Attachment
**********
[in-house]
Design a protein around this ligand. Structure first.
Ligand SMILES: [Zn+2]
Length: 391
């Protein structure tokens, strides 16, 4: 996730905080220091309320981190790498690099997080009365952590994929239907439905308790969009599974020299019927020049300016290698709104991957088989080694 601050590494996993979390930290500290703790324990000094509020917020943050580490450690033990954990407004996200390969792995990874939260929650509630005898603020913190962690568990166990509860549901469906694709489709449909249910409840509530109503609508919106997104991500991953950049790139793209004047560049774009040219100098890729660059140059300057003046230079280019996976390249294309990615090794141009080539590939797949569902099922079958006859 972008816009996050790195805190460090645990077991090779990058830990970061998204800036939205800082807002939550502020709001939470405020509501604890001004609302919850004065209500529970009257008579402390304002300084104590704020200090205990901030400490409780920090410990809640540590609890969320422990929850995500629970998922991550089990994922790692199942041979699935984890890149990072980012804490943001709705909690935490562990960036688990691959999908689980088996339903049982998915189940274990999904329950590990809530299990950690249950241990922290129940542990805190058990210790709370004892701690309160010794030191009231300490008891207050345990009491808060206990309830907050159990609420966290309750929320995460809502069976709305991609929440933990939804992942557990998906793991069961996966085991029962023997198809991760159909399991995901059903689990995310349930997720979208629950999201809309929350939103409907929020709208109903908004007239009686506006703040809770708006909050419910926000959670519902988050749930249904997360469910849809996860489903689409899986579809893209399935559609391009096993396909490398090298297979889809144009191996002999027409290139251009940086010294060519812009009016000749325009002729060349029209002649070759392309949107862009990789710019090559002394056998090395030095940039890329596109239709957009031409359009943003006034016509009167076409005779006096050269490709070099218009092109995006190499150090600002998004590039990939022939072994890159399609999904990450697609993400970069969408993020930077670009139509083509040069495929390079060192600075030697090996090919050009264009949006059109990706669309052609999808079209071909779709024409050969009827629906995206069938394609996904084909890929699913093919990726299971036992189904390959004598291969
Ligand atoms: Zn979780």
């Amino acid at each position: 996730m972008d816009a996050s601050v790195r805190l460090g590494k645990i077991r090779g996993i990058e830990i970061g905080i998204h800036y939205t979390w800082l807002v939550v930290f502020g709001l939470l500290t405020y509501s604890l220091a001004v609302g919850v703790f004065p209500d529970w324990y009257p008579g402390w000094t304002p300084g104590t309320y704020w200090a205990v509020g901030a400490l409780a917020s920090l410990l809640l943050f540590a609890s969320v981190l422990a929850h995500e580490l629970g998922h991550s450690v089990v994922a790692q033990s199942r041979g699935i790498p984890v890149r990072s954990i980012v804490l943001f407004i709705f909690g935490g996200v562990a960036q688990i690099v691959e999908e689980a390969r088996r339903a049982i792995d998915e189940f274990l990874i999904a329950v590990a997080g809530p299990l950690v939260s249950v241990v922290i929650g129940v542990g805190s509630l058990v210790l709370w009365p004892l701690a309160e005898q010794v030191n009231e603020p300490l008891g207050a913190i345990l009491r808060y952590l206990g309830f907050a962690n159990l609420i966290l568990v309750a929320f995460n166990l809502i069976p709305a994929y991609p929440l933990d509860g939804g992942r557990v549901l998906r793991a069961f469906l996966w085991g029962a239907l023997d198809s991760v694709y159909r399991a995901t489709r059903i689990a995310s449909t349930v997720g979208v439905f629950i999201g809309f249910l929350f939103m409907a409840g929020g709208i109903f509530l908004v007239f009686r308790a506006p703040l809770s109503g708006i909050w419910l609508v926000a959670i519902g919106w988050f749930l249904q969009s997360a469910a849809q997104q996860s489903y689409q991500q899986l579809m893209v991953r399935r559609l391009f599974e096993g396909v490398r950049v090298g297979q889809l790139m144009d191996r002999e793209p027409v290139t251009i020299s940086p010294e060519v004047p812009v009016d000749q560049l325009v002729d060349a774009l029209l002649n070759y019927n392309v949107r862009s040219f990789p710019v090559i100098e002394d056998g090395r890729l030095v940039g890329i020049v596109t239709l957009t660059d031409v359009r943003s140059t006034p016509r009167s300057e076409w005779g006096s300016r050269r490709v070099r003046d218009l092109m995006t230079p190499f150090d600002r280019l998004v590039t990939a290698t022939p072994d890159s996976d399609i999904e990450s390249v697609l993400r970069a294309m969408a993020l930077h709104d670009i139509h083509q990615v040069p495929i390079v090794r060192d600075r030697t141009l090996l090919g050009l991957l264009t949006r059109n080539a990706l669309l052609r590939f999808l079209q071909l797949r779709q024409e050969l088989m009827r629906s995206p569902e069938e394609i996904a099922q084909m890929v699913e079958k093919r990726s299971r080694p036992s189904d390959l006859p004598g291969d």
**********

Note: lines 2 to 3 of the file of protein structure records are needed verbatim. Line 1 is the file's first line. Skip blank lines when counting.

Design a protein around this ligand. Structure first.
Ligand SMILES: [Zn+2]